Doxa history - a bit thin on facts

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Doxa history - a bit thin on facts

Post by koimaster » December 11th 2013, 4:29pm

As an aside to this post, I looked and have not been able to find an ad in the US or Europe for Doxa after 1974. Also missing is any link to Cyma or Synchron.

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http://www.doxawatches.com/history.htm


Somewhat more accurate except leaving the part out about the Nazis
http://www.collectorsweekly.com/wristwatches/doxa


Landlocked Switzerland is probably not the first place you think of when it comes to scuba diving, but it is the historical home of fine, precision watches. In 1967, the Swiss watchmaker Doxa brought these two elements together when it created its distinctive, orange-dialed Doxa Sub wristwatch.

Doxa’s history predates the Sub by almost a century. Founded in 1889 in the country’s Jura Mountains, where watchmaking dates to the 15th century, Doxa patented the first watch with an 8-day movement in 1908. The movement was so reliable that Doxa was hired to produce wristwatches for German infantrymen in World War I. Many of these watches are in excellent condition today—the two snow-capped peaks and depiction of Edelweiss on the dial are not to be missed.

Perhaps because of founder Georges Ducommun’s fondness for automobiles (he had one of the first in the region), Doxa was one of the first watchmakers to produce timepieces for cars. By 1921, Doxa was the official supplier to renowned sports-car manufacturer Bugatti.

One of the hallmarks of a Doxa watch is its fine internal workmanship, as well as its sense of style. For example, Doxa pocket watches from the 1920s feature handsome dials depicting golfers at play, while its women’s wristwatches from that era are sometimes hidden within elegant, 14-karat gold bangles.

In the 1930s, Doxa was one of the leading makers of chronographs, some of which were housed in 14-karat yellow-gold cases. And the firm continued to make watches for the military throughout World War II, particularly for aviators.

After the war, Doxa produced handsome, round calendar wristwatches. In 1954, the company gave a gold watch to each player on West Germany’s winning football team—the lads were in Berne, Switzerland for the World Cup. By 1956, the company’s designers were at it again, this time creating the square, Bauhaus-inspired Graphic in both men’s and ladies’ models.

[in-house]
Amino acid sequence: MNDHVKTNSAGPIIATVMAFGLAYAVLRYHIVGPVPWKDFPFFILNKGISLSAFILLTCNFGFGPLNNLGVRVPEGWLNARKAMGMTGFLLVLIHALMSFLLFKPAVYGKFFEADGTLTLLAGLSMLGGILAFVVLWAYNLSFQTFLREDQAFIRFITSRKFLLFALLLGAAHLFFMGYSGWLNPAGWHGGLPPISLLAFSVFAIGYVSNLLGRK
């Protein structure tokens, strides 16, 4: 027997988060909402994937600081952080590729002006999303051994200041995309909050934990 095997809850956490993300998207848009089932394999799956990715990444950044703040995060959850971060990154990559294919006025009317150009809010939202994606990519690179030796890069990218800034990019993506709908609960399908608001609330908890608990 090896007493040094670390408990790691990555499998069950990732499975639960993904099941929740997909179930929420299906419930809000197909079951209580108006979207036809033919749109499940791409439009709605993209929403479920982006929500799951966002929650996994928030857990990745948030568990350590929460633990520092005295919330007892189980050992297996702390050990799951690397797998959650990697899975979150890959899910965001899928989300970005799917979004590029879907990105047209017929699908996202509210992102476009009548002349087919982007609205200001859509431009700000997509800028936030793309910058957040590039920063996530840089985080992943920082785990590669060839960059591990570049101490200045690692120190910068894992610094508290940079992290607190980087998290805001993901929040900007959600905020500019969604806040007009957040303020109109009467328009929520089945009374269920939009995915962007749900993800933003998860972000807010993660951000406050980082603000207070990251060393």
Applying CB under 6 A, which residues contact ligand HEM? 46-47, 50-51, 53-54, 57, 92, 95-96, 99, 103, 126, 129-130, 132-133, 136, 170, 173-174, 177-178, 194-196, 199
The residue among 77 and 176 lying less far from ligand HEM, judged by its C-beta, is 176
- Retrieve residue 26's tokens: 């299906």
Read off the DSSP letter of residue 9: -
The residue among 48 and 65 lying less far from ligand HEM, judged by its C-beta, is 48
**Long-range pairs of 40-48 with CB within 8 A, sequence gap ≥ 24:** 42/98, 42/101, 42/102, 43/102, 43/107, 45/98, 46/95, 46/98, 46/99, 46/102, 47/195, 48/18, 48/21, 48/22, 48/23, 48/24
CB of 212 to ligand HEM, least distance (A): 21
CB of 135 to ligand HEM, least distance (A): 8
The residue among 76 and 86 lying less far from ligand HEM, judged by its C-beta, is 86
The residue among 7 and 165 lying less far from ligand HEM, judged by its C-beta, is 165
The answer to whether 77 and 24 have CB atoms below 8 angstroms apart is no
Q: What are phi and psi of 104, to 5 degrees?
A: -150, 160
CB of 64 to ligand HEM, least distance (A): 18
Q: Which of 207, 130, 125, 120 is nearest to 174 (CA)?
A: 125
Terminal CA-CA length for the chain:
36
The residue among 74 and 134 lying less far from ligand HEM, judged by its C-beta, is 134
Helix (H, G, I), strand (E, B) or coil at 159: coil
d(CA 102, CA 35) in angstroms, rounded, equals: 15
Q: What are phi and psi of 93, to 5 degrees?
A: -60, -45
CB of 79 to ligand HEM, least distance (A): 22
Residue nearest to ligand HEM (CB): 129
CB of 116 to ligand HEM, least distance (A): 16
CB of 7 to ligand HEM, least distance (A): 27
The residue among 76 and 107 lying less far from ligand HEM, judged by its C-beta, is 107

But the biggest event in Doxa’s history was its foray into waterproof watches, which happened in 1967. The Doxa Sub 300T (300 is the number of meters it was rated for) featured a U.S. Navy air-dive table on its bezel to aid no-decompression divers while underwater. Even more helpful was the wristwatch’s brilliant orange dial, which was designed for divers in dark, potentially life-or-death conditions.


Divers loved the Doxa, which was embraced by U.S., British, French, and Polish naval forces. And so successful was the orange-colored dial that Doxa added a few more models, including the silver-dialed Searambler and yellow Divingstar.
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Re: Doxa history - a bit thin on facts

Post by koimaster » December 11th 2013, 5:01pm

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Re: Synchron Doxa



This is what I found on Doxa site in FAQ section about Synchron:

Q. What is the relationship between DOXA and Synchron? Why do some vintage models say Synchron on the back?

A. After the crisis of the Swiss watch industry in the seventies, DOXA joined a group of Swiss companies to be able to resist the crisis the group was called SYNCHRON - it was in that time when the watches manufactured carried the logo DOXA by SYNCHRON. The following companies were part of the Synchron Group (Girard Perregaux, Eberhard &Co., DOXA, Borel, Cyma etc..)
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With the lilt of Irish laughter

Every day and in every way

Now forever and ever after."
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Re: Doxa history - a bit thin on facts

Post by 3Flushes » December 11th 2013, 5:46pm

A good friend of mine, who has an uncanny knack for finding shit, you know the type; looks down and spots a Benjie, hit the pisser at a restaraunt and found a diamond ring on the sink, looked under his seat at a movie for a quarter he dropped and found a $900 sterling silver Mont Blanc pen... bought a DOXA watch at a yard sale for $150.

Yesterday, when he called me and told me he bought the thing, I laughed my ass off, figuring his fucking luck had finally run out. He asked me to take a look at it for him and tell him what I thought. I couldn't wait to show him all the DOXA threads here at WL, and squeeze his shoes good over it. So, 'ol lucky shows up with a DOXA by Synchron solid gold three hand dress watch on a beautiful crokagator (not sure which) strap. The dial, hands, everything freaking perfect. It is 35mm in diameter and acid tested out at 14K, including the buckle on the strap, and the movement sounded like it was running strong. SONOFABITCH if it isn't a beautiful watch. He took it to his jeweler to open it and see what kind of movement it had and what kind of shape it was in.

Given a tradition of good craftsmanship and quality, kind of a shame how the brand has devolved in its' current hands.
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